That’s all for now but please watch this space for my next post where I will tell you about the specifics of my trial, quantify the changes in macroporosity and microporosity that myself and others have measured, explain the role of these properties in soil quality and natural capital and how their importance in this system can be assessed.  

Blog post by Nicole Mesman - BSc (Hons) Soil Science

Wednesday, 11 February 2015

Tools For Growing Farm Profitability

Today I’m taking writer’s liberty and changing tack slightly. While we’ve been talking about variability and how to manage it and irrigation efficiency I’m going to share some insights from the knowledgeable Jim Wilson of Soil Essentials in the UK who is currently out in NZ sharing his almost 20 years of Precision Agriculture (PA) insights from the other side of the world with us.

This morning the Foundation for Arable Research held a field day at Craige Mackenzie’s place near Methven to talk about ‘Practical use of Precision Agriculture: A global perspective’. One of the main questions from farmers this morning was “where do I start with PA?”. While there are many different places that someone can start their PA journey depending on what they’re most interested in and where they see the most benefit the moral of the story today was to start where you’d see the most benefit or return from your investment. If the biggest expense to your business is fixed costs (eg labour, diesel etc for planting etc) then GPS and Autosteer is the likely starting point for you. If your biggest cost is your fertiliser bill then, grid sampling and variable rate fertiliser is likely the best starting point for you and if the cost of water and irrigation one of the biggest costs to your business, then EM Surveying and variable rate irrigation are likely your starting point. The key is to know your business and where your biggest & fastest gains can be made from utilising these PA techniques. Precision Ag at the end of the day is about fully utilising all of these tools and technologies to MAXIMISE ON FARM PROFITABILITY.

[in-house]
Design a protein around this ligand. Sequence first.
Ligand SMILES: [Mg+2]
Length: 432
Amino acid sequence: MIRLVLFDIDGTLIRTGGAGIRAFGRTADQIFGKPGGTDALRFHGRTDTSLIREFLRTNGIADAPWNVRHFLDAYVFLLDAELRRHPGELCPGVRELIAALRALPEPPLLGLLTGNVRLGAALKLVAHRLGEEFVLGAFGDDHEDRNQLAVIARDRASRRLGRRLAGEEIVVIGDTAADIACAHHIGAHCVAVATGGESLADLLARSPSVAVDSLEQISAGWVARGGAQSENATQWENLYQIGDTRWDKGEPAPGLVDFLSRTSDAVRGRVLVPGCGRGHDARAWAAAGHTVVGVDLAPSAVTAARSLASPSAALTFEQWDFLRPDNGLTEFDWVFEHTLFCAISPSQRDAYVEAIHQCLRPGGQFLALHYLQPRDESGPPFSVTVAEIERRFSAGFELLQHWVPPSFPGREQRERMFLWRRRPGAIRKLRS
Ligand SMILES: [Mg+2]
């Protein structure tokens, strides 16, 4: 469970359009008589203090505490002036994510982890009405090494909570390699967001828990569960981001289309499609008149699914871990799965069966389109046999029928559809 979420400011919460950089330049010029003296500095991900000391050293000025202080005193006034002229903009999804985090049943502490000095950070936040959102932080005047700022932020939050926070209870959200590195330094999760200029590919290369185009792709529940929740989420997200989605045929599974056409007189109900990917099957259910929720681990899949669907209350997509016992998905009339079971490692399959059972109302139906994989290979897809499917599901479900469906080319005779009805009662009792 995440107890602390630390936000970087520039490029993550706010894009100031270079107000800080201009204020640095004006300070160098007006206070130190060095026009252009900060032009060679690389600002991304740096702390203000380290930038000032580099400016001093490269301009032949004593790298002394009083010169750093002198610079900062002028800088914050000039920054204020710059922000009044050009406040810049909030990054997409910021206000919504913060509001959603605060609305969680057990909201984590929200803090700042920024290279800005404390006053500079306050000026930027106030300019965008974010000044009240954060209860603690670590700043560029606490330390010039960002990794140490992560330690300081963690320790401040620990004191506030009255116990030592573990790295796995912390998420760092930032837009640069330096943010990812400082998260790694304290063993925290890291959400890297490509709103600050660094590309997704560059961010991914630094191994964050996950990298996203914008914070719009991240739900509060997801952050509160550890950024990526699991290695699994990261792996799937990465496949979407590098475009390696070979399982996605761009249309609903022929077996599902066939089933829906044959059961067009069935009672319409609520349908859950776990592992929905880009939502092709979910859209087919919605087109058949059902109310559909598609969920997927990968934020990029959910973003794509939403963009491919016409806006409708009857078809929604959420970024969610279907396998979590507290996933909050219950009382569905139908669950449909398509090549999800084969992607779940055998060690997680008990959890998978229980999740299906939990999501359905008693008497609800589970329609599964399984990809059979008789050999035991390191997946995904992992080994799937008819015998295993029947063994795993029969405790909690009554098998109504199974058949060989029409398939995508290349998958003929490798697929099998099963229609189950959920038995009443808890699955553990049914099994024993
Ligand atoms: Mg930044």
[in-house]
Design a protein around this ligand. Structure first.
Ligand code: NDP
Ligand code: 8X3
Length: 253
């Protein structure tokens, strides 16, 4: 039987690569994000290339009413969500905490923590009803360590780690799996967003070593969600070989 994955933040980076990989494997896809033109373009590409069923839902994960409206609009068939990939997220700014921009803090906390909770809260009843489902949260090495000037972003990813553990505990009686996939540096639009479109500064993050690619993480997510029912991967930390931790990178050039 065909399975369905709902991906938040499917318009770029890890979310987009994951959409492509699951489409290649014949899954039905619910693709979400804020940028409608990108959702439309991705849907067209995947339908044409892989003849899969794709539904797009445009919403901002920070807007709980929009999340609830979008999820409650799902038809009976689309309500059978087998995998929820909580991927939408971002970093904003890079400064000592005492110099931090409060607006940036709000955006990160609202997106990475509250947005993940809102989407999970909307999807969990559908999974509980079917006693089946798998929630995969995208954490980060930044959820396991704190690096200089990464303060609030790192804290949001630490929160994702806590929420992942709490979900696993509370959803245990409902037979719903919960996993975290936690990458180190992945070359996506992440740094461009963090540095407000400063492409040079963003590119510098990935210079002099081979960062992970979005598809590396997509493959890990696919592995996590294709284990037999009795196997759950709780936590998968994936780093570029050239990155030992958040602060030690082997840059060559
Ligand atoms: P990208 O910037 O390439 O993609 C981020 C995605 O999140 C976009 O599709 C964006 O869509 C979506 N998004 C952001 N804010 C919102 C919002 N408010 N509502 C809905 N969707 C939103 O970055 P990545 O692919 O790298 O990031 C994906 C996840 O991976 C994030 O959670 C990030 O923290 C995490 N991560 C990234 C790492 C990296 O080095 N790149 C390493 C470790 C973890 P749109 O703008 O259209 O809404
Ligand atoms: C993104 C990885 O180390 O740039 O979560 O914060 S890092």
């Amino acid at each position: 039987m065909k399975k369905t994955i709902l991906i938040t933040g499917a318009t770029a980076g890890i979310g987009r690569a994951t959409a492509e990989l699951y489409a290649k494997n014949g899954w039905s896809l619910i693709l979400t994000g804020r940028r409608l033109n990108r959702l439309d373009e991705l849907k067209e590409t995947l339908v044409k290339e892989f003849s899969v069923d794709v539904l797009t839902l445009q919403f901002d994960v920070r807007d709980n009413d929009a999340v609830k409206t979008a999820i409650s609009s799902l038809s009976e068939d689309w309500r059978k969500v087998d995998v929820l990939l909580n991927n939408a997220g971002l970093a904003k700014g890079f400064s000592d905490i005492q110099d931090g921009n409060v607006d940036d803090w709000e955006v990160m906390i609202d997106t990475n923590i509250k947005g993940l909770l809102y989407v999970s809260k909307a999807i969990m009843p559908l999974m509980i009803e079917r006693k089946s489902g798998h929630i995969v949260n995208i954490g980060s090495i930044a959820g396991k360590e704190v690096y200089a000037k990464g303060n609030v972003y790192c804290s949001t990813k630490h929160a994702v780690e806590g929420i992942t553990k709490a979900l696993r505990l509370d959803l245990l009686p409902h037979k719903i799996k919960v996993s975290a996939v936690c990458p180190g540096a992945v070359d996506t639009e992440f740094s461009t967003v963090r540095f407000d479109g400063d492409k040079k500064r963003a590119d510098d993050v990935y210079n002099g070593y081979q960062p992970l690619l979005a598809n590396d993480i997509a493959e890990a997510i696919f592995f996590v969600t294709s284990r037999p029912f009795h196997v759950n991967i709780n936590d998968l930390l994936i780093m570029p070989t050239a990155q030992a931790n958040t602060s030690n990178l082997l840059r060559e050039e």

Jim Wilson & Craige Mackenzie up the Mt Hutt skifield access road
 assessing the variability over the Canterbury Plains.

Another key theme that came from today was the use of yield mapping. While Jim said that adoption of yield mapping is still growing with his customers and in the UK in general, he emphasised that it was one of the most important layers of information on a cropping farm to help identify and quantify areas of yield variability and what that variability is. He said it was also a really important layer particularly for Scottish farmers (as you could imagine) they don’t like to spend money where it doesn't make them any. The yield maps enable them to identify areas of interest and manage them accordingly.

Jim Wilson talking at FAR’s field day on Precision Agriculture with soil variability
 and topography variability in the background.

Other PA techniques that are used widely in Jim’s area of the world are grid soil sampling and variable rate seeding. Grid soil sampling is where a soil core is taken in a uniform fashion across a paddock at either 4 samples per hectare for pH or 1 sample per hectare for phosphorus, potassisum  magnesium,  calcium & sulphur. This allows them to then variable rate apply fertiliser based on these soil test results.  Variable rate lime application based on pH test results is very common in the UK and has a significant return on investment, usually resulting in savings of lime of approximately 50%. Variable rate seeding on the other hand is where the seeding rate is varied according to soil type and the soil’s yield potential. Heavier soil typically gets a higher seed rate than lighter soil where less seeds are planted to allow less competition between the plants and optimally more seed fill per plant.